As you can tell from the description, Dragon Half has its tongue firmly in its cheek, overturning D&D tropes or simply following them to their absurd end. The art, although evocative and highly polished, is also highly sexualized, alternating gratuitous crotch shots and nudity with cutesy bobble-head style characters, understandable as the author Ryusuke Mita cut his artistic teeth in the lucrative world of pornographic manga, like so many animators in Japan. Still, the story is great, the humour is funny, and the laviscous art plays into both the fantasy and fandom aspects of the genre.


The RPG is in the pocket size format so popular in Japan, and while lacking the hefty tome feel of western rpgs, this small size belies a large 556 page punch. The writing is clear, the pages uncluttered and legible (if you read Japanese), and the art is top notch, as it is all taken from the manga. Contents include Ch. 0 Starting, Ch. 1 Character Making, Ch. 2 Skill Rolls, Ch. 3 Battle & Character Death, Ch. 4 Magic, Ch. 5 Character Advancement, Ch. 6 Special Rules & Addendum, Ch. 7 Equipment, Ch. 8 GM Section, Ch. 9 Making & Repairing Constructs, Ch. 10 Miscellaneous Damage, Ch. 11 Special Options & Rules, Ch. 12 Magic Items, Ch. 13 Monsters! The book has designer’s notes and useful charts at the end, and a character sheet stapled inside the front cover.


The rules are a simplified form of the Sword World RPG, Japan’s 1989 answer to D&D. Since the pages of damage charts and monster statblocks of Sword World make my head throb like a high school algebra test, I find Dragon Half’s pared down mechanics much more enticing. Basically, you roll 2d6 plus mods against a difficulty determined by the GM. In combat, there is the extra complication of a MSHAG-like table of damage results ranging from ‘Unharmed’ to ‘Destroyed’ and everything in between.

Having run a few simulated combats the system seems well balanced and eminently playable. Magic seems a bit underdone, with a very limited range of spells, which can be remedied by cribbing from Sword World if so desired. Skills are basically occupations like Princess, Thief, or Bard, and the descriptions are Risus-like in their brevity. In fact, a knowledge of Risus mechanics might be a serious asset for anyone interested in playing Dragon Half, as the Risus mechanics of ‘pumping’ skills and resolution could come in handy.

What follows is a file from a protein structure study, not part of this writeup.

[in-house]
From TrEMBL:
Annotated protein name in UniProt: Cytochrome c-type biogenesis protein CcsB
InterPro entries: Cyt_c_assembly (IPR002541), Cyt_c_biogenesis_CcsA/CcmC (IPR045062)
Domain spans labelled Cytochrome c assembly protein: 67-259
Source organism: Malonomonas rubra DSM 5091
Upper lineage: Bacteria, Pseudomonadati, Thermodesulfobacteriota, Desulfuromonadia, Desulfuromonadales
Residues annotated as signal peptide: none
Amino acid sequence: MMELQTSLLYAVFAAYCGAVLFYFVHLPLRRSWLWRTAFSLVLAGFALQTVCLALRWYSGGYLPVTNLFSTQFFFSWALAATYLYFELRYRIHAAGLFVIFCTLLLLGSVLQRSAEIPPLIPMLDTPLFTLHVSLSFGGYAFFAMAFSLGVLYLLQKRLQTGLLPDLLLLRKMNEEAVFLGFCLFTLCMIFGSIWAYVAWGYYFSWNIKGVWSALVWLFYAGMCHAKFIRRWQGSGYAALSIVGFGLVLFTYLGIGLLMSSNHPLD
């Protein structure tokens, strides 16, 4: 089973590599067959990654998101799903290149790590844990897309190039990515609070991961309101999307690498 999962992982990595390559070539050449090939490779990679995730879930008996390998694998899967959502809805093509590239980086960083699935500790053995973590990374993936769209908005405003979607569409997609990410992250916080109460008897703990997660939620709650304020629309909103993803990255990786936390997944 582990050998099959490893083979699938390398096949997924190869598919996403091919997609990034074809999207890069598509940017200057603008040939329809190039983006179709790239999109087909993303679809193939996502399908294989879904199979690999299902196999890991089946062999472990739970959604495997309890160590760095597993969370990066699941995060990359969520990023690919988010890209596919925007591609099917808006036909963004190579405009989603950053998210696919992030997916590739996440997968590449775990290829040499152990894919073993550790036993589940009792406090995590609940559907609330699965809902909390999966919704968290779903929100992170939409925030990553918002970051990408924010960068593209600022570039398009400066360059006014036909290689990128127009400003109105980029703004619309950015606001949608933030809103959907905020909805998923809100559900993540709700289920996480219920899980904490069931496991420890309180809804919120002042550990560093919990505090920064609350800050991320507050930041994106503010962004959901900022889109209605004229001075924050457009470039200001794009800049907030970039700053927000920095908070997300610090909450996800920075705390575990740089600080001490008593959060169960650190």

Just as skills are underdeveloped, the most glaring problem with the rules is the weakness of the Gag Level rules. Dragon Half characters become stronger as they advance in Hero Levels, which are basically synonymous with D&D levels. There is a parallel system of Gag Levels, however, which include unexpected great effects for failure and a ‘Gag Skill’ that you can fail spectacularly in, but without any real incentive or explanation of why a player would want to. Once again, the infusion of Risus rules to allow characters to ‘milk’ skills for success and pay this off in gag failures would seem a good patch for this lack of definition.

However, there are a lot of great, humorous touches in the game – all PCs are ‘halfs’, basically with one human parent and one of another species. I rolled a (boring) half-elf preparing for this article, but could just as easily gotten a half-vampire or half-mermaid if the dice had rolled a different way. All monster statblocks include an ‘Edibility’ rating, as a preoccupation with food is a staple both of the source material and Japanese culture (see the movie Tampopo).


There were three supplements as far as I know (BGG has the cover of “Labyrinth of Laughter” mislabeled as the gamebook on the BGG website), and all were filled with great art, funny descriptions, and ludicrous adventure. It would take a great GM and players who were fine with gonzo-style D&D parody gaming to get the most out of these, with a familiarity with the source material a must. If you like gonzo-D&D that is a mix of Paranoia and Adventure Time, then the Dragon Half RPG just might be your thing.

Better start practicing kanji…

Saturday, May 4, 2013

Obscure RPGs? I'm in!

Mesmerized by Sirens is trying to start an Obscure RPG Day, for rare fantasy games published up to 1989.